From the experiments of Schiller it would appear that the value of K for glass diminished with the increase of frequency of alternation of the field.

Rubens and Arons[5] compared the velocities of propagation of electro-magnetic action through air and glass, and obtained the ratio of the velocities or μ = 2·33. The deduced value of K would therefore be 5·43. M. Blondlot[6] found K to be 2·84 when the frequency of vibration was of the order 2·5 X 107. Professor J. J. Thomson found the specific inductive capacity of glass to be smaller under rapidly changing fields than in steady ones. He deduced the value of K by measuring the lengths of wave emitted by a parallel plate condenser with air and glass as dielectrics. The value for glass was found to be 2·7.[7]

On the other hand, Lecher[8] found that the dielectric constant rose with the frequency of vibration. Thus for plate glass—

Frequency. K.
2 4·64
2 X 103 5·09
3·3 X 106 6·50

There is thus a serious difference between the two views of the variation of K (and therefore of μ) with the frequency of vibration. In a previous paper,[9] I alluded to the probability of the variation of μ with the frequency of vibration. The value of μ may at first undergo a diminution with the increase of frequency, reach a minimum, and then have the value augmented when the frequency rises above the critical rate. The result obtained by Lecher is, however, too divergent from the others to be explained by such a supposition.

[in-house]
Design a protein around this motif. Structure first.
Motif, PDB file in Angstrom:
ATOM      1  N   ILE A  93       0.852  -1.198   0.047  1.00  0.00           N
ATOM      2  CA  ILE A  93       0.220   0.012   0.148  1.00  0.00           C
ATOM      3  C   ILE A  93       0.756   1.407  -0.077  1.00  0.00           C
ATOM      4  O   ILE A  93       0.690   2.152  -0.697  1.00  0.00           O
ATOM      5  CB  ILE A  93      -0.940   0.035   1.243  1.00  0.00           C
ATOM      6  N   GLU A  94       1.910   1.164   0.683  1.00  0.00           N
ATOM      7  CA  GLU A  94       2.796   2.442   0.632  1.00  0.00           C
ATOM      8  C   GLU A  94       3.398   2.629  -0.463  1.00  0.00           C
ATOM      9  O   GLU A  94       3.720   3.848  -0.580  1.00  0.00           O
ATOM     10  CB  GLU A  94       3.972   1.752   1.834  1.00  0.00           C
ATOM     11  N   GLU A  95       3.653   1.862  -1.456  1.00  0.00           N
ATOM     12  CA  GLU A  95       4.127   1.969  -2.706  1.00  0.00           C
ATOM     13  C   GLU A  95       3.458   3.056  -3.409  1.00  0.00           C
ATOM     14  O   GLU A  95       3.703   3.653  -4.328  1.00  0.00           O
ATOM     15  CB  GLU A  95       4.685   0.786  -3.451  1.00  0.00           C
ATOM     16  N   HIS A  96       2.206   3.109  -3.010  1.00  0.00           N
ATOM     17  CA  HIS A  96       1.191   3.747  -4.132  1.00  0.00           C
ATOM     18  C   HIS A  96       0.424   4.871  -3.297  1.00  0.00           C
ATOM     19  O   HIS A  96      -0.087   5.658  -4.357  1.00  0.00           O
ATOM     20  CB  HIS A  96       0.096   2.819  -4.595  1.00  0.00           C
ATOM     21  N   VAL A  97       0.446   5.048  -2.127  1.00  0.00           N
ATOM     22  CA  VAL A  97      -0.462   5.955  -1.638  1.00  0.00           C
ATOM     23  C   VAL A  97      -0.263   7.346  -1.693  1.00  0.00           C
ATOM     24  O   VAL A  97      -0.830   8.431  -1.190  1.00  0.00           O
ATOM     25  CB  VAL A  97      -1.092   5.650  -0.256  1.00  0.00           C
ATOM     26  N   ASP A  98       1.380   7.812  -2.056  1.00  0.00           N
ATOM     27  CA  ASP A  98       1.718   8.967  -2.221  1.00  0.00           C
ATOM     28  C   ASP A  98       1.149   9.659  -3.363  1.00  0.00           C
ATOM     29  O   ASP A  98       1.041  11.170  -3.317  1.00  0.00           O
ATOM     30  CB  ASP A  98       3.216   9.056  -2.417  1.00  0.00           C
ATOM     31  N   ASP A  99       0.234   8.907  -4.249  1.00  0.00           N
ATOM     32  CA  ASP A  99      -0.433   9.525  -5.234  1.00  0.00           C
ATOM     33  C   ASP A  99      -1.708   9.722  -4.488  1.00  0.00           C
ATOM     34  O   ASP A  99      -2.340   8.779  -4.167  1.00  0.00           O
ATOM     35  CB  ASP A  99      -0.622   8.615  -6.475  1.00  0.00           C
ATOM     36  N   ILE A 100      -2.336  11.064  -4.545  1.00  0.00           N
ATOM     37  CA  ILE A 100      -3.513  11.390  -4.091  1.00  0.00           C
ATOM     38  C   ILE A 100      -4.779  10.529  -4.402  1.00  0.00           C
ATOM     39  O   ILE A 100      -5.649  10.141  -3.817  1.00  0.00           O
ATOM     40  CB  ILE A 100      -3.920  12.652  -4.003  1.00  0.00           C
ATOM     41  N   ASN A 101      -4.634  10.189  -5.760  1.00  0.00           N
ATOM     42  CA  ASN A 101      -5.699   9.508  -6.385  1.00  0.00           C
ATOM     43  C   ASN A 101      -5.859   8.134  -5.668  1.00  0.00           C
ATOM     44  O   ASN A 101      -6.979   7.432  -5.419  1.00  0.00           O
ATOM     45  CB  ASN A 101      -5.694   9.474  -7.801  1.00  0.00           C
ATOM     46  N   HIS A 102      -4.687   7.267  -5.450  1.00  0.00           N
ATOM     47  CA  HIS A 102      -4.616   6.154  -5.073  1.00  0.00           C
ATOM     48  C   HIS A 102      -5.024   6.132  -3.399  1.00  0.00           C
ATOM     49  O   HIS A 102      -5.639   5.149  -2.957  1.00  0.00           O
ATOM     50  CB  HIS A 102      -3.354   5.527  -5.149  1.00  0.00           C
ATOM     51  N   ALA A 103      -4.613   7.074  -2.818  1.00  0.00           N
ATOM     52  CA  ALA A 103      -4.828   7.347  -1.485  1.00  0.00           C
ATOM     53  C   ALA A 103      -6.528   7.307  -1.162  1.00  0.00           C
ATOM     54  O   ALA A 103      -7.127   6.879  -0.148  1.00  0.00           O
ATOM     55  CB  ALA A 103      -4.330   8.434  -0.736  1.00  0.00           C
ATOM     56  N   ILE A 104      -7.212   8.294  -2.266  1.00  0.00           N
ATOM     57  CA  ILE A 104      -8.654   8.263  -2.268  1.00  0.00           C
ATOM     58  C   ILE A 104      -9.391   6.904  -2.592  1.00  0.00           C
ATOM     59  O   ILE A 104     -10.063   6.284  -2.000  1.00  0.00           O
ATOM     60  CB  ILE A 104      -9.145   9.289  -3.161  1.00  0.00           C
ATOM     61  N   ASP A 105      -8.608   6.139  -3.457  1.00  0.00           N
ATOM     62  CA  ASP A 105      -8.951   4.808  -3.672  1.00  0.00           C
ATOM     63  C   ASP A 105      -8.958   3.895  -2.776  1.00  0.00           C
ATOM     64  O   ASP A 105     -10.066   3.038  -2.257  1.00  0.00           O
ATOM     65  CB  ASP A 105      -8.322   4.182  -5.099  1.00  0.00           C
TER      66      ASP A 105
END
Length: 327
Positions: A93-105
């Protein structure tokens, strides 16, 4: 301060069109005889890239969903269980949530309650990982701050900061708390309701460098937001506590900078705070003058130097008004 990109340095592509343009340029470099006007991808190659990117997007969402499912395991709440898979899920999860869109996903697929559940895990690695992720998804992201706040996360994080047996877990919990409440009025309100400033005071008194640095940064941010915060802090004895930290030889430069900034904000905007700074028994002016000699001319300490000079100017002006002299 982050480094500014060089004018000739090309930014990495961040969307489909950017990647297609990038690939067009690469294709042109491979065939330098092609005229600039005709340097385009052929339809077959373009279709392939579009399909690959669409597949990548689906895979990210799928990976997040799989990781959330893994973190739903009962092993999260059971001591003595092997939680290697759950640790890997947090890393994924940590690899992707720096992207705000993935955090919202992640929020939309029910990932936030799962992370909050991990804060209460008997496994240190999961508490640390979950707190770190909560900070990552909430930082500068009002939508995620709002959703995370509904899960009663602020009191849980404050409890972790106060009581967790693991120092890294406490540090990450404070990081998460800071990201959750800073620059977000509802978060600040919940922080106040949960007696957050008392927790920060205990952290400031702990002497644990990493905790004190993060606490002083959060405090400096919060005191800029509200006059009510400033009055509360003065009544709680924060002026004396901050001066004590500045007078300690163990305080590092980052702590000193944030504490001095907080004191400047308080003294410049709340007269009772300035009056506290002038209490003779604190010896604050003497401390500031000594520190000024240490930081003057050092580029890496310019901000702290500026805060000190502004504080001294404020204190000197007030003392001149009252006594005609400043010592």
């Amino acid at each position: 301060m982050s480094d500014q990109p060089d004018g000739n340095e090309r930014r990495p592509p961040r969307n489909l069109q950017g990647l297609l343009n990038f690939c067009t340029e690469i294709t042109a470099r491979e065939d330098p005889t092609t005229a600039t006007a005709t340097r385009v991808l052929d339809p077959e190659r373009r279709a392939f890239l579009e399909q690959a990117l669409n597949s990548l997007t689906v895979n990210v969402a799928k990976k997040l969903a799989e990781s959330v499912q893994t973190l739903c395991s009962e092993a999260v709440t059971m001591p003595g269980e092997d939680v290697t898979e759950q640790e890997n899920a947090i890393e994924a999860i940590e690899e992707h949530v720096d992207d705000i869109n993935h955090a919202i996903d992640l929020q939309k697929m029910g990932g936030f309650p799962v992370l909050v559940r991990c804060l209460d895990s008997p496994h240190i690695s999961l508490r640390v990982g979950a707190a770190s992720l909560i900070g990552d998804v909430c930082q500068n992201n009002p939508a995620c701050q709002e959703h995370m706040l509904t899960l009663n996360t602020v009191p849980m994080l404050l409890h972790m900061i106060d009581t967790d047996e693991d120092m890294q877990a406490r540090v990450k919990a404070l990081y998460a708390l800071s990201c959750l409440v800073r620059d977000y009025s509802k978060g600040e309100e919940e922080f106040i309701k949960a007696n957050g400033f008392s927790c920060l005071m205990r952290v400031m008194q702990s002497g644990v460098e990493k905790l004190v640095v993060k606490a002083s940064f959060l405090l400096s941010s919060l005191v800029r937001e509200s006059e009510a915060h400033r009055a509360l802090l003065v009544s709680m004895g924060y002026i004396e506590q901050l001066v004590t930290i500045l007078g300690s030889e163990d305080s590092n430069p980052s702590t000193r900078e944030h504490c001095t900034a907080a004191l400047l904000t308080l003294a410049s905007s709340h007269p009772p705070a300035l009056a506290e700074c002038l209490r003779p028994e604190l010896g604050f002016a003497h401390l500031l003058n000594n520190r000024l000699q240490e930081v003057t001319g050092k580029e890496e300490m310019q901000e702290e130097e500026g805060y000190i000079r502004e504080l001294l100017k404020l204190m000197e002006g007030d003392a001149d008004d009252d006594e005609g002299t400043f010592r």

The direct determination of μ for glass for electric oscillations of high frequency, seemed to me of interest, as throwing some light on the controversy; so, on the conclusion of my determination of the index for sulphur, I commenced an investigation for the determination of μ for glass. This was, however, greatly delayed by repeated failures to cast glass here, and by my long absence from India. I have now obtained from England two semi-cylinders of glass, with a radius = 12·5 cm. and height = 8 cm.

The method of experiment followed is the same as that described in my previous paper. The radiator is placed at the principal focus (obtained from a preliminary experiment) of one of the semi-cylinders. The cylinder mounted on the platform of a spectrometer is rotated till the rays are totally reflected. From the critical angle the value of μ is deduced.